This morning, I'd like to welcome Aptium Global's Lisa Reisman back to Spend Matters. A couple of years back, Lisa traded in her Fortune 500 consulting and trading past to focus entirely on working with small and middle market manufacturers on direct materials sourcing. In full disclosure, I have an economic interest in her firm, considering that she's my wife. Oh yeah ... and if you ever have an issue with something controversial on this blog, blame her, as she put me up to it.
The thought had not occurred to me until very recently that such a large gap could exist between the "best" and the "rest" in terms of the make-up of the skills, competencies and strategies of sourcing organizations within small and middle market companies. But exist it does -- and with probably far greater extremes than one usually observes in Fortune 500 companies.
The differences in business practices between what high performing companies (and sourcing groups) do and the "rest" is absolutely vast in the middle market. Based on the past few years of trekking into hundreds of facilities in the Mid-West, I can usually tell when I walk into a plant or headquarters just how they'll stack up through looking at their lobbies -- the high performers post not only their quality designations and awards but their press clippings which feature examples of their innovation, efficiency and overall competitive advantages in the market.
But once you walk through the lobby, the differences really start to show. What follows are nine observations that I've seen on a consistent basis of late:
1. The "best" are neither defensive, territorial or threatened by the mere presence of an outside party. They are open in admitting their sourcing philosophies, strengths and areas of opportunity.
2. High performers tend to be lean organizations -- few people managing many millions of dollars in spend. We have seen $400m companies with the same number of sourcing staff as $70m companies. And these larger organizations with greater spend per FTE tend to be more efficient and effective.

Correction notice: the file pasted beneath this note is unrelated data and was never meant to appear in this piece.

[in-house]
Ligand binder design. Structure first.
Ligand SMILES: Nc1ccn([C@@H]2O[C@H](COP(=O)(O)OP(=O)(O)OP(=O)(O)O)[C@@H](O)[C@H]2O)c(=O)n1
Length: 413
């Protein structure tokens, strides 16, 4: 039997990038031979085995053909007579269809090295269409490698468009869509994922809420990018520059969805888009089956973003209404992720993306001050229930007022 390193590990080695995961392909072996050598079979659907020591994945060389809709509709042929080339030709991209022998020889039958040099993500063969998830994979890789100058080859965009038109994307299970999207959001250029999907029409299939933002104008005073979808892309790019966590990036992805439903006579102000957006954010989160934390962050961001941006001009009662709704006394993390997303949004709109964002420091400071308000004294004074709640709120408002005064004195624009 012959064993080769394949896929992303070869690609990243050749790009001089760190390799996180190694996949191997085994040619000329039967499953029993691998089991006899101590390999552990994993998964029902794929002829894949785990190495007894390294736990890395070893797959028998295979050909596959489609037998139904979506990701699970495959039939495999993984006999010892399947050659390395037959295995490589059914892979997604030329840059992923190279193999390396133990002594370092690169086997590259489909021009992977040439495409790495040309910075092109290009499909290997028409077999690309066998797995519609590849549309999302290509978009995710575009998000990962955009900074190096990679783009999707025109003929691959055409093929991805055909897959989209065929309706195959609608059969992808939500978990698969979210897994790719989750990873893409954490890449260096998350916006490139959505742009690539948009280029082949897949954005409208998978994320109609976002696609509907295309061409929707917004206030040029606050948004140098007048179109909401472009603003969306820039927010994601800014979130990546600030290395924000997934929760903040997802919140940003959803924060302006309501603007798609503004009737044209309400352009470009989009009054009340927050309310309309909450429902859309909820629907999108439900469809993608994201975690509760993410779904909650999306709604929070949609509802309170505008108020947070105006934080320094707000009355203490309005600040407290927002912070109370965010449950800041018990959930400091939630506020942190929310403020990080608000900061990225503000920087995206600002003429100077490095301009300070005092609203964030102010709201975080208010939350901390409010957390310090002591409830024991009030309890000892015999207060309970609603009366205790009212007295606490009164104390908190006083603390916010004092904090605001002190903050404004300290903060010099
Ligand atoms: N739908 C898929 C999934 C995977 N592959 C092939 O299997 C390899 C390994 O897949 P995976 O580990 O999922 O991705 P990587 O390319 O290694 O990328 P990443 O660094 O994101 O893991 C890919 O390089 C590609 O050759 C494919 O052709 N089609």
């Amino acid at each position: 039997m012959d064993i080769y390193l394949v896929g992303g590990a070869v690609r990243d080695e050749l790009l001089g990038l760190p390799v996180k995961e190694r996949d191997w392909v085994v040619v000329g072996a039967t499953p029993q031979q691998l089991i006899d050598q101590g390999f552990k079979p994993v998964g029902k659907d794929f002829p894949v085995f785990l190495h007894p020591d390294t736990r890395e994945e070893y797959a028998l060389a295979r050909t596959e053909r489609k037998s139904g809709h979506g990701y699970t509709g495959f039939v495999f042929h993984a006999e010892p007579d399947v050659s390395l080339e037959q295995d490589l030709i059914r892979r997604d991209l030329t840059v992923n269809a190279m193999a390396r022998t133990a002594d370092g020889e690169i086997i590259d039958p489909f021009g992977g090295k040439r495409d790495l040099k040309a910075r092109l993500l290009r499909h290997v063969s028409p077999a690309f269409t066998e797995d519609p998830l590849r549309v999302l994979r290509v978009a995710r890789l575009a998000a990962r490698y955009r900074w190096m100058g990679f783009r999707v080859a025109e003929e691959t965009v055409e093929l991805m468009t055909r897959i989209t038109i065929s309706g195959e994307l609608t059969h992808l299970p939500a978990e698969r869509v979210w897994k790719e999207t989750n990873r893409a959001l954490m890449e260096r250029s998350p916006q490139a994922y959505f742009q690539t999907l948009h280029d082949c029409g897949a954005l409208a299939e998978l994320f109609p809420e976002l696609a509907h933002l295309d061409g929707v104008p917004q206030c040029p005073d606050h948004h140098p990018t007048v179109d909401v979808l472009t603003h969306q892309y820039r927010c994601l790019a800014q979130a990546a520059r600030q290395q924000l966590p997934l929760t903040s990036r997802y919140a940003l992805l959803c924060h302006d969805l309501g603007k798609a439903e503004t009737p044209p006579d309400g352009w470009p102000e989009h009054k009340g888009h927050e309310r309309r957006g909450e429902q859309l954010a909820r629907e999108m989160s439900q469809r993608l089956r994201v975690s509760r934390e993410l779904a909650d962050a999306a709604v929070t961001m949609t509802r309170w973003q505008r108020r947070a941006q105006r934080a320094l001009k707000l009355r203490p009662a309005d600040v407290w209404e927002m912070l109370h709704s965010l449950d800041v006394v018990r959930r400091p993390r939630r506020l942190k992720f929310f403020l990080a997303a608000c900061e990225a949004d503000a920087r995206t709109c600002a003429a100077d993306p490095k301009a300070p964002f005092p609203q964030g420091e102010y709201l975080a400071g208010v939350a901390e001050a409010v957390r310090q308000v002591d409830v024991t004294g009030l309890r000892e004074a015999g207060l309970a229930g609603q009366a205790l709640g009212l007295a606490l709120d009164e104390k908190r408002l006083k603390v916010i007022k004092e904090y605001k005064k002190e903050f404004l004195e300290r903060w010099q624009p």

3. I won't even get started on the subject of talent. But think strategic vs. clerk at the extreme.
4. Only an analyst firm would know whether this point was true or not but from our vantage point, higher performing firms seem to have a better grip on the sourcing needs of all plant locations (including all global locations) and have deployed common sourcing practices across all plants and/or divisions. I'm not suggesting that decentralized purchasing functions are more common among lower performing companies but rather higher performing companies seem to bring various geographies into a similar sourcing philosophy.
5. The sourcing approach in high vs. low performers is markedly different. High performers look at categories and seek to award categories to fewer suppliers. Contrast this with low performers who take on a rule of three -- get three bids anytime an individual line item increases in price and award contracts by line items as opposed to categories.
6. This next difference may be just due to the size of the organization, but there seems to be a greater supply chain emphasis in higher performing companies vs. a purchasing department emphasis in other organizations. But this might be solely due to the size of the company.
7. Higher performing organizations tend to have more long term contracts and fewer handshake deals than their peers.
8. High performers also consciously seek to award more business to high performing partners -- they care that their suppliers are growing and profitable.
9. High performers look for their suppliers for competitive advantage and the means to create competitive advantages.
In this short post, we haven't even gotten into supplier performance management, risk management etc., but trust me! There are significant differences between the best and the rest here as well. Indeed, in small and middle market manufacturers, there's not a bell curve when it comes to sourcing and supply chain performance -- there's a steep cliff with a drop-off that is almost impossible to climb back up once you've gone over the edge.
Lisa Reisman is Middle Markets Editor of Spend Matters.